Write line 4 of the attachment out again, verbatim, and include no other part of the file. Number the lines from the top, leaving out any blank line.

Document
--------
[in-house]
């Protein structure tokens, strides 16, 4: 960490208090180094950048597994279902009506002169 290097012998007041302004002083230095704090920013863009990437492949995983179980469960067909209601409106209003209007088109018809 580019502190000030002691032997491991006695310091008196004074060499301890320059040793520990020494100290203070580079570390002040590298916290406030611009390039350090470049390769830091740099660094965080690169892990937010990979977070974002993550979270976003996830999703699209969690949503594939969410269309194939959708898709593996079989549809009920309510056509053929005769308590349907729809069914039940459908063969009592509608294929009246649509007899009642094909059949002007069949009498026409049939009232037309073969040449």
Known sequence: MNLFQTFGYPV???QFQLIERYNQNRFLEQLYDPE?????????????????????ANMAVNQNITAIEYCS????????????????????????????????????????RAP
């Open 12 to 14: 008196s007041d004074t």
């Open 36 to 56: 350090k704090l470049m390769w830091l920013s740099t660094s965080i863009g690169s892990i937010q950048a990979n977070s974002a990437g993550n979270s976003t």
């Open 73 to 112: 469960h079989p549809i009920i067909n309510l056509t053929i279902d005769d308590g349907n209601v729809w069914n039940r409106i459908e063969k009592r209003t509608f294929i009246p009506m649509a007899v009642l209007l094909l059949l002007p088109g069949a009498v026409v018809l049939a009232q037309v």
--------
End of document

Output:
């Open 12 to 14: 008196s007041d004074t």